As with most food sectors, the bottled-sauces market has been the subject of healthy-eating concerns. In September, Calderdale Council in Halifax banned ketchup from the canteens of primary schools in its area, in response to government guidelines relating to products with a high salt content. Manufacturers are reacting by launching lower-sugar and salt options. They are also trying to spark growth by innovating with items related to a wider range of cuisines, such as Asian food, and cooking methods, such as barbecuing.
For many British households, the main meal of the day would not be complete without a dash of Heinz Tomato Ketchup or HP Sauce, propelling the products to near-iconic status.
The resultant high penetration in the bottled-sauces sector, of more than 90%, means it is a mature market dominated by brands that command high consumer loyalty.
As such, it is also very stable, with minimal movement among the leading brands and limited growth. This year, the market is expected to have grown 4.6% to a value of £362m, according to Mintel, having achieved 16% growth between 2001 and 2004.
The sector covers a broad range of products including ketchup, soy, barbecue and chilli sauces, vinegars, mustards, and dish-specific products such as mint, horseradish, tartar and apple sauces. Its biggest category is table sauces, which accounts for more than 50% of sales and has recorded the most marked growth.
Because of the sector's diverse nature, the rise in consumption of meals on the go has had a positive impact on some areas, such as table sauces, but a detrimental one on others, namely the dish-specific segment.
Similarly, the rising popularity of barbecues among the UK population has created opportunities to launch sauces specifically created to accompany food cooked in this way. A third of the UK population now owns a barbecue, and the number is set to continue to grow, with sales fuelled by the unusually hot summer weather this year.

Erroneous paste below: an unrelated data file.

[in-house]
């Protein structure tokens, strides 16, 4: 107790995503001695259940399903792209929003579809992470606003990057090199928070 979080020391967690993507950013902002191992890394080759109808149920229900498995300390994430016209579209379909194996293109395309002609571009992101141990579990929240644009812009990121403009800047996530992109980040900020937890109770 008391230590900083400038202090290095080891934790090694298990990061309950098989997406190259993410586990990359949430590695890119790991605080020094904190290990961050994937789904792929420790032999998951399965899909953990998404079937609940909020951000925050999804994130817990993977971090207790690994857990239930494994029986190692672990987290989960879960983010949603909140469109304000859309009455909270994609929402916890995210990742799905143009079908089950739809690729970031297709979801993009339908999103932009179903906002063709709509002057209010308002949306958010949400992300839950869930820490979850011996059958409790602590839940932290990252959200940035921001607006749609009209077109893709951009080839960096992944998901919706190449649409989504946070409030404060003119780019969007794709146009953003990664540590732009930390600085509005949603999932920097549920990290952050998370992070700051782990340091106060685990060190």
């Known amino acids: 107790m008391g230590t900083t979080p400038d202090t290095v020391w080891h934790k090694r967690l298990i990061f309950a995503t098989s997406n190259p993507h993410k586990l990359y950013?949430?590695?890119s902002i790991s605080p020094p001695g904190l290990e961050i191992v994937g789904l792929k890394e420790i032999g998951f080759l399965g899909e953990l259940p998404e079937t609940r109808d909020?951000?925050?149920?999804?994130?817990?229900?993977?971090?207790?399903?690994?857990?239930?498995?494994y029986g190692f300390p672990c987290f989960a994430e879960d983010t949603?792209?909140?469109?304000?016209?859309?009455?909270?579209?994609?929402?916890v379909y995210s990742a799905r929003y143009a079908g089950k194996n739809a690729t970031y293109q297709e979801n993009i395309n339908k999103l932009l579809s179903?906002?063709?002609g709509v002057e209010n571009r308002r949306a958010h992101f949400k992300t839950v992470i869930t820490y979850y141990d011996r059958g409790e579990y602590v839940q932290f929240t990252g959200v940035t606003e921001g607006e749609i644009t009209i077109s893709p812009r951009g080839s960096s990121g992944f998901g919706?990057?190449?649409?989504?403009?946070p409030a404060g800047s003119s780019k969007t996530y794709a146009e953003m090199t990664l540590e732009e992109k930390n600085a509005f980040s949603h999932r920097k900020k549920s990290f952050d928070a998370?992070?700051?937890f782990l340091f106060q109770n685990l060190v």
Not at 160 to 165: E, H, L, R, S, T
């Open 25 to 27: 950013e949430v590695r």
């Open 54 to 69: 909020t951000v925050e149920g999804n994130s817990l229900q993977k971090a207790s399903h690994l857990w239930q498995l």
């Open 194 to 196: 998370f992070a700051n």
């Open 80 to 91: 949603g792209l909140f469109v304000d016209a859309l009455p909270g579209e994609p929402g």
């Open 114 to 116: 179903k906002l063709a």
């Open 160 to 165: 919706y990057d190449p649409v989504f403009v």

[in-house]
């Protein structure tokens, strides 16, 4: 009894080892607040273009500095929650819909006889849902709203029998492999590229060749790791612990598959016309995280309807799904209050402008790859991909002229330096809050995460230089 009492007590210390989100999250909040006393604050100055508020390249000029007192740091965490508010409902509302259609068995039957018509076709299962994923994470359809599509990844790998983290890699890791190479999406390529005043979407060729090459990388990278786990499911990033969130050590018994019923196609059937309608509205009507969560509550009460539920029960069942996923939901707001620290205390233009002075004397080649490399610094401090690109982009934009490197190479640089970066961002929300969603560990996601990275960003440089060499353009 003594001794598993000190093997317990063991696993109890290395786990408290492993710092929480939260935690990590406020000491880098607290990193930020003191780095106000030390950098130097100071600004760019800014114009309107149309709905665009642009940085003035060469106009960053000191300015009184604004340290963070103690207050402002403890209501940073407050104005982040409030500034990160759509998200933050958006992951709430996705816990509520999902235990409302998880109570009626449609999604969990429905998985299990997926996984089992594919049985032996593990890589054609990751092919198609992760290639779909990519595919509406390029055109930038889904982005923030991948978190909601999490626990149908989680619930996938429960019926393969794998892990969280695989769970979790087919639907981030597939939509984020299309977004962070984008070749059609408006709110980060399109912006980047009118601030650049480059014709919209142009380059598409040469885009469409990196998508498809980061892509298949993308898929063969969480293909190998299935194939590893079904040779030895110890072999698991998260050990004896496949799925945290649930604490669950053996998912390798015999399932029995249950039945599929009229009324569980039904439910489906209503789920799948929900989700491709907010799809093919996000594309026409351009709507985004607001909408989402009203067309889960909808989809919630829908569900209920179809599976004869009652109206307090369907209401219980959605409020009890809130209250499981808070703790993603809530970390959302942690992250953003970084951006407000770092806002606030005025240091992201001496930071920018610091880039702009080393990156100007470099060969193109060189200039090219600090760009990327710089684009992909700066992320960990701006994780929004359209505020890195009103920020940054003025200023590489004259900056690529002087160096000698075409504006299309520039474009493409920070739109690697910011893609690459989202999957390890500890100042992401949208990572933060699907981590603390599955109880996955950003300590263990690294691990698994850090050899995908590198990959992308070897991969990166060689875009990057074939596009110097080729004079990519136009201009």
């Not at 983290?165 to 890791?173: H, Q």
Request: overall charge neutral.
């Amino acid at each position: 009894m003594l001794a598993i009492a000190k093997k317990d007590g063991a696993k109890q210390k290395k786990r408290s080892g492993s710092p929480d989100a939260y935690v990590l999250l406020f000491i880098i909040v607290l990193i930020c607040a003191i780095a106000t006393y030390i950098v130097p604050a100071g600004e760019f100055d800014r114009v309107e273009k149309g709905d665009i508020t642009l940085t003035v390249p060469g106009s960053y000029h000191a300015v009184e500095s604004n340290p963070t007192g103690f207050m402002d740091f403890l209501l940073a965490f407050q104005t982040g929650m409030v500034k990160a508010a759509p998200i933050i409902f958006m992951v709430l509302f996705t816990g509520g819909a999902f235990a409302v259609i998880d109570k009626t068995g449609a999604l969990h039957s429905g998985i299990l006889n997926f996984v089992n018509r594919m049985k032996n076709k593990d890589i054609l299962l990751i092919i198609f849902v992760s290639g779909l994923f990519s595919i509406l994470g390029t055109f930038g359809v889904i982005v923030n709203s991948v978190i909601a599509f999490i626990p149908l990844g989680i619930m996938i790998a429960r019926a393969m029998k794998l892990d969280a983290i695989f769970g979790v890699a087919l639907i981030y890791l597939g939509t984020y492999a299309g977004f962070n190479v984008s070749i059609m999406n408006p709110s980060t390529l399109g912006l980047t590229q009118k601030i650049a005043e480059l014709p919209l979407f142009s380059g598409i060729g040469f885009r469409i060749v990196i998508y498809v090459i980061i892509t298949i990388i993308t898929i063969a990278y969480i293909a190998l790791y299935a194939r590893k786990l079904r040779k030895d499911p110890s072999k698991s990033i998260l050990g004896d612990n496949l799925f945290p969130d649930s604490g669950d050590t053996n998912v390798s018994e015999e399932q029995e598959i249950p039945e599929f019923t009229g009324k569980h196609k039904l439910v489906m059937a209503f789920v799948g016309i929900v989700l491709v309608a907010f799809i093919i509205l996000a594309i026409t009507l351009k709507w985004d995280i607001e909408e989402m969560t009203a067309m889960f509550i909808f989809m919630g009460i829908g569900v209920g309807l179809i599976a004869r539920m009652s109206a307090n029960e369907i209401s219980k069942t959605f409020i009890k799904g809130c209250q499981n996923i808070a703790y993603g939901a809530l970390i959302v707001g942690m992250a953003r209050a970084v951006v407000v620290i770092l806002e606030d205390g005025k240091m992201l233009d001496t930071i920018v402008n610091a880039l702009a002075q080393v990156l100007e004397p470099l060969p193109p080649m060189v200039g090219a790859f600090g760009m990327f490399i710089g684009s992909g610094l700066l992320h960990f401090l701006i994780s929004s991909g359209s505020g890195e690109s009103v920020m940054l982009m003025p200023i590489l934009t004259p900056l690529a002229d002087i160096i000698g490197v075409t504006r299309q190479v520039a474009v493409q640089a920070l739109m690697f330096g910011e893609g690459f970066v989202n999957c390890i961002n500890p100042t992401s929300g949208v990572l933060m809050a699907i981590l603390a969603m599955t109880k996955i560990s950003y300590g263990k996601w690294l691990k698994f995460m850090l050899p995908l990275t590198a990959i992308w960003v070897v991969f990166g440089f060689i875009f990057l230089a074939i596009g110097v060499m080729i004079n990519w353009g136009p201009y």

Most consumers in the bottled-sauces sector tend to be brand loyal, with 59% sticking to the same brand or brands. Younger consumers are the most likely to try new options, with Mintel suggesting that different formats and pack sizes could be developed to encourage trial, while products could be aimed at restaurants and bars to get them into the public consciousness.
As international cuisines take a stronger hold in the UK, so they have opened up additional opportunities in this sector. The popularity of Asian and Chinese food, for example, has resulted in consumers buying products such as soy and dipping sauces to replicate restaurant dishes at home.
The dish-specific and vinegar categories have posted the greatest shift upmarket. The mustard category, which is relatively static, has also seen consumers trading up to more premium brands, suggesting there is room for this kind of development in other areas. Some evidence of this was provided when Branston launched a tomato ketchup in 2006 with the claim that it contained 20% more tomatoes than the Heinz equivalent. This was followed by the market entry of Wilkin & Sons, which raised the stakes by claiming that its product, which carried a higher price tag, contained 30% more tomatoes.
Despite the maturity of the sector, there has been innovation, especially prevalent in the launch of own-label premium ranges and organic products.
In addition, the sector has come under the watchful eye of the Food Standards Agency, which has tried to encourage sauce manufacturers to cut the salt content in their products. Many have reacted by launching lower-sugar or lower-salt variants.
Elsewhere, innovation has centred on packaging, first through squeezable bottles and latterly with top-down versions.
Heinz is the market leader in the bottled-sauces category; its Tomato Ketchup accounts for about 70% of sales in the market. The company further tightened its hold when it bought HP last year, giving it control of the HP, Lea & Perrins, Amoy and Daddies brands.
This year the company boosted its adspend, running TV campaigns as it sought to keep the competition at bay.
Heinz has not been immune to health lobbying and announced that it is to introduce reduced-salt and lower-sugar versions of its ketchup in January 2007. These will be aimed at families with children and at older consumers.